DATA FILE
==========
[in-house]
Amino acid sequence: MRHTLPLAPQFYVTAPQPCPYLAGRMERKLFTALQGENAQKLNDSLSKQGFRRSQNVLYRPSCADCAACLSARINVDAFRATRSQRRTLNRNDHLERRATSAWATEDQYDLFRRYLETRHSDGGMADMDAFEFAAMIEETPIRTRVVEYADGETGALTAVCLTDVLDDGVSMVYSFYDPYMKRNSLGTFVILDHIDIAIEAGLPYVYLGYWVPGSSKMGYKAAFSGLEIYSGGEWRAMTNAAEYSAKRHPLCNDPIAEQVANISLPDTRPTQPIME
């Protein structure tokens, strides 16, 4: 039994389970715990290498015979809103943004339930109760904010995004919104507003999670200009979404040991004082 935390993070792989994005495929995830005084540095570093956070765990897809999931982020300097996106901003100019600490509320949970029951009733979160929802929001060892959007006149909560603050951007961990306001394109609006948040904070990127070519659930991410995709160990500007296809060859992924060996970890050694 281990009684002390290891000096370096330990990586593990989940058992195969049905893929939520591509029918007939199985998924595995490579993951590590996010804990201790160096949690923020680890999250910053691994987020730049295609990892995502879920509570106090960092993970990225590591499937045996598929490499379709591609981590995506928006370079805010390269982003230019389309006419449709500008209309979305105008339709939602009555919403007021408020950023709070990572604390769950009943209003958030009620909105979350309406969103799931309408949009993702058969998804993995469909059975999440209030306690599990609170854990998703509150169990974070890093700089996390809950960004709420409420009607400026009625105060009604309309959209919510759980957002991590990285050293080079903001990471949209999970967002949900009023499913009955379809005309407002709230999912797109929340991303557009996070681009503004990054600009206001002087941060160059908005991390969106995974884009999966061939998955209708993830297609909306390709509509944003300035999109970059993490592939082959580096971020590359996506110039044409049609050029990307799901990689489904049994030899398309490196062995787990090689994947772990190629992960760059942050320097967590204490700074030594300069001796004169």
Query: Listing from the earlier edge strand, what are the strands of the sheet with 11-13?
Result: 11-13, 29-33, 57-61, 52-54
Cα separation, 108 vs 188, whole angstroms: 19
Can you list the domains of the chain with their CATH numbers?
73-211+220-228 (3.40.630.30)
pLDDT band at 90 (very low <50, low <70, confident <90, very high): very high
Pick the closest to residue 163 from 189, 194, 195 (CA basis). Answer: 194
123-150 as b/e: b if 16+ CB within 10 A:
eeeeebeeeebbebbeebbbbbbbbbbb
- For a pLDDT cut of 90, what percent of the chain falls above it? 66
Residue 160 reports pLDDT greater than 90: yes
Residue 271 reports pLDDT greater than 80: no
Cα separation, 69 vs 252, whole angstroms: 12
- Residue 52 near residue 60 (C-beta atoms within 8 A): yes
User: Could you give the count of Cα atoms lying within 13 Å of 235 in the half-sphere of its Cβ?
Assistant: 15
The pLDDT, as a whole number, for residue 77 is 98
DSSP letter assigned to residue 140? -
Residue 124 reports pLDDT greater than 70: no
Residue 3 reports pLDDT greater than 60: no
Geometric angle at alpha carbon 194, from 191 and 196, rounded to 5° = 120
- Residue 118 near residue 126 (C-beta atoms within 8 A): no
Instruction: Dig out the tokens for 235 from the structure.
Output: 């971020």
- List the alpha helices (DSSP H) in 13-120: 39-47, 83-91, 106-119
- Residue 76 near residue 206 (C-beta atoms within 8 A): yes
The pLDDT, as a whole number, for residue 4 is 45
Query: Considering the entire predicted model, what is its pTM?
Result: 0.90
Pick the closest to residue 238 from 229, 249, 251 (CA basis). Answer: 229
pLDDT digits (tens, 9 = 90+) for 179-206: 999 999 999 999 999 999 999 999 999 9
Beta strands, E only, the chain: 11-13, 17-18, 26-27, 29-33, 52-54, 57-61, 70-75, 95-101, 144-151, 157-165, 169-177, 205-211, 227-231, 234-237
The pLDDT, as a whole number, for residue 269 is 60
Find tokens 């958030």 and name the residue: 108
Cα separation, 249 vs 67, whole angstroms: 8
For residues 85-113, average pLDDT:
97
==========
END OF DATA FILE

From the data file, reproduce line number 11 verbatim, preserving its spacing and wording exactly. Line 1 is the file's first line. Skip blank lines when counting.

123-150 as b/e: b if 16+ CB within 10 A: